With the rapid development of road engineering today, a large number of high-grade highways need to pass through expansive soil distribution areas. At present, the research on expansive soil slope mainly focuses on the newly excavated cutting slope. However, according to engineering experience, a landslide of fill embankment on expansive soil foundation is also very common. The expansive soil layer is heterogeneous. There are many weak intercalations or large fissures under the ground, which are generally parallel to the trend, with low strength and high permeability. After rainfall, the strength of the weak interlayer and large fissures will be further reduced after moisture absorption, and the sliding surface is easily formed under the load of filler, which is the main factor inducing embankment landslide. On the basis of landslide investigation and a laboratory test, a FORTRAN calculation program is developed in this paper, which can comprehensively consider the special moisture absorption and softening characteristics of expansive soil. Taking a high fill embankment slope with a soft interlayer in the Baoshan area of Yunnan Province as an example, the stability and instability characteristics of the fill slope on the expansive soil foundation are analyzed, and the influence of moisture absorption and softening on the expansive soil slope is emphatically discussed. Finally, this paper puts forward the reinforcement method of the high fill embankment slope on the soft expansive soil foundation, which is proven to have a good reinforcement effect through calculation analysis and field practice. For expansive soil foundation with weak interlayer, it is better to directly reinforce the weak layer through rigid piles. Full article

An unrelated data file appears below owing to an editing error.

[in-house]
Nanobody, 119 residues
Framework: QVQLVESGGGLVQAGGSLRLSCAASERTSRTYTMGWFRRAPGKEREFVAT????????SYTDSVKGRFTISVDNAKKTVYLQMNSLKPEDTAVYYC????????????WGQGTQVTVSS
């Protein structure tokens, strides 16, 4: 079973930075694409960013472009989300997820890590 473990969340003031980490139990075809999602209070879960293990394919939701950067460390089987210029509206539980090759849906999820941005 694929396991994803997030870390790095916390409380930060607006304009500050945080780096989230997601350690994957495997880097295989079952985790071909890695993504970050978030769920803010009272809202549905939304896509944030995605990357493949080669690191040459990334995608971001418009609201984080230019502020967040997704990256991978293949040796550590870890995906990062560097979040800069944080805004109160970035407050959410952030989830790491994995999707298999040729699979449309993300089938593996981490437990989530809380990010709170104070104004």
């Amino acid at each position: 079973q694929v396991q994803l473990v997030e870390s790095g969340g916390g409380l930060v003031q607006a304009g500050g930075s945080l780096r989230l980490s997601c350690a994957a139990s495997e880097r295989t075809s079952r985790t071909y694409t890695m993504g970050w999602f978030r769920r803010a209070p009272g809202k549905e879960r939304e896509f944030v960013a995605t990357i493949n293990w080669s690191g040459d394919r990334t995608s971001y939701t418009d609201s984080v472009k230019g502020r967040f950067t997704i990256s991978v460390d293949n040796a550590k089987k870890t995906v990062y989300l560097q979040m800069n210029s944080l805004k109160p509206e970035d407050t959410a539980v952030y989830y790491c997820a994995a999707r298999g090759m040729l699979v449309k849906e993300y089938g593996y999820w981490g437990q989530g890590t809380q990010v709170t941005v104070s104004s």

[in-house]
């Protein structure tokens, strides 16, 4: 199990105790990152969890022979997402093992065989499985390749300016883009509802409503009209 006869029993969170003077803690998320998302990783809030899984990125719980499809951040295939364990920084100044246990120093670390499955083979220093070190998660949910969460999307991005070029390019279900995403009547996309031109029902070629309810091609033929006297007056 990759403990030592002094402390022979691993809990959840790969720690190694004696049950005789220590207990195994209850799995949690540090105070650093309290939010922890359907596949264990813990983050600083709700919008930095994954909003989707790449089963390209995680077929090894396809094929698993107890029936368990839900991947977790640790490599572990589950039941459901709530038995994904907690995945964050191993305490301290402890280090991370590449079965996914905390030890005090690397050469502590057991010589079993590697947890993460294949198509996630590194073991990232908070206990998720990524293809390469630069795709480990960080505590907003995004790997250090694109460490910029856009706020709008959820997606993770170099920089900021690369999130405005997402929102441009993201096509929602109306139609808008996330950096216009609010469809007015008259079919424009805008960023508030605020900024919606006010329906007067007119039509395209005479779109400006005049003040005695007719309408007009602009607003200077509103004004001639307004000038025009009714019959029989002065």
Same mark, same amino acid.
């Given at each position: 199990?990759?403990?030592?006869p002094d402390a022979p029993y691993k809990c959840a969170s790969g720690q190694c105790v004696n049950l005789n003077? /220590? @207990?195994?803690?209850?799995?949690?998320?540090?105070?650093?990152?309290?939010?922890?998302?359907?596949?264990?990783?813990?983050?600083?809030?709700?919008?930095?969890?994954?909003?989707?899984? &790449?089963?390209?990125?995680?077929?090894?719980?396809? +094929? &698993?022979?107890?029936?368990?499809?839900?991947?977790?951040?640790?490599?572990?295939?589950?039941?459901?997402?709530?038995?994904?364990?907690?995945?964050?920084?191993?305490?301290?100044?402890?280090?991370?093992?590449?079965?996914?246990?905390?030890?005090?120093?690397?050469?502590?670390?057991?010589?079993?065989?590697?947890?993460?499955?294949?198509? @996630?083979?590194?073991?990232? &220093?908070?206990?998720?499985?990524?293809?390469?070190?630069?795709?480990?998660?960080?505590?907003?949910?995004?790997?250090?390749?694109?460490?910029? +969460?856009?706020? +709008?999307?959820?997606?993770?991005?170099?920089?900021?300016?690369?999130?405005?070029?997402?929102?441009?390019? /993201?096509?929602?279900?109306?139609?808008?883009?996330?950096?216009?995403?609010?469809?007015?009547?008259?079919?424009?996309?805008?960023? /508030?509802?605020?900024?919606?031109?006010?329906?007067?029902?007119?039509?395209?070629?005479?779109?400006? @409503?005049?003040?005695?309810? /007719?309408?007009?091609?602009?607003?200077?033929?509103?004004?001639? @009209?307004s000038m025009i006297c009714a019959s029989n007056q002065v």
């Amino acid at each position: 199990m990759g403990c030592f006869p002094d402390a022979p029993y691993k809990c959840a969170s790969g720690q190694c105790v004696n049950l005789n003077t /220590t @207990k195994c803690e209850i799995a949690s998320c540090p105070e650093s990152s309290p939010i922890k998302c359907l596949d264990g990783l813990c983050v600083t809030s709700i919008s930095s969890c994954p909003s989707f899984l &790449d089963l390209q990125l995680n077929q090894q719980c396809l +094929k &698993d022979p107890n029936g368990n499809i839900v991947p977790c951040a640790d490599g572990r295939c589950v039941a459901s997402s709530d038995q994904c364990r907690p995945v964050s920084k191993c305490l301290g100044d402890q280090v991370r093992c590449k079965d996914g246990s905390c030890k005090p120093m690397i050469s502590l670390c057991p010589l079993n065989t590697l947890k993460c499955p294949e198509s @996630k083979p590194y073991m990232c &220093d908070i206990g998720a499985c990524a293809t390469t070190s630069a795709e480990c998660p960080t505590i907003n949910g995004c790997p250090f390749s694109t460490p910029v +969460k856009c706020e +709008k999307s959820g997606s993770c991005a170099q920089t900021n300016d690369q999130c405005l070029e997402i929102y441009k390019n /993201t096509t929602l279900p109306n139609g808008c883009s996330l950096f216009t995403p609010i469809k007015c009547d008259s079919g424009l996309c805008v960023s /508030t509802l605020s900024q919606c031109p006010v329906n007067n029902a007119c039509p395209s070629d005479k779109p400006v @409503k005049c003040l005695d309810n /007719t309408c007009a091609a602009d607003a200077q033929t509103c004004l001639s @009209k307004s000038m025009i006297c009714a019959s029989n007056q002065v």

Show Figures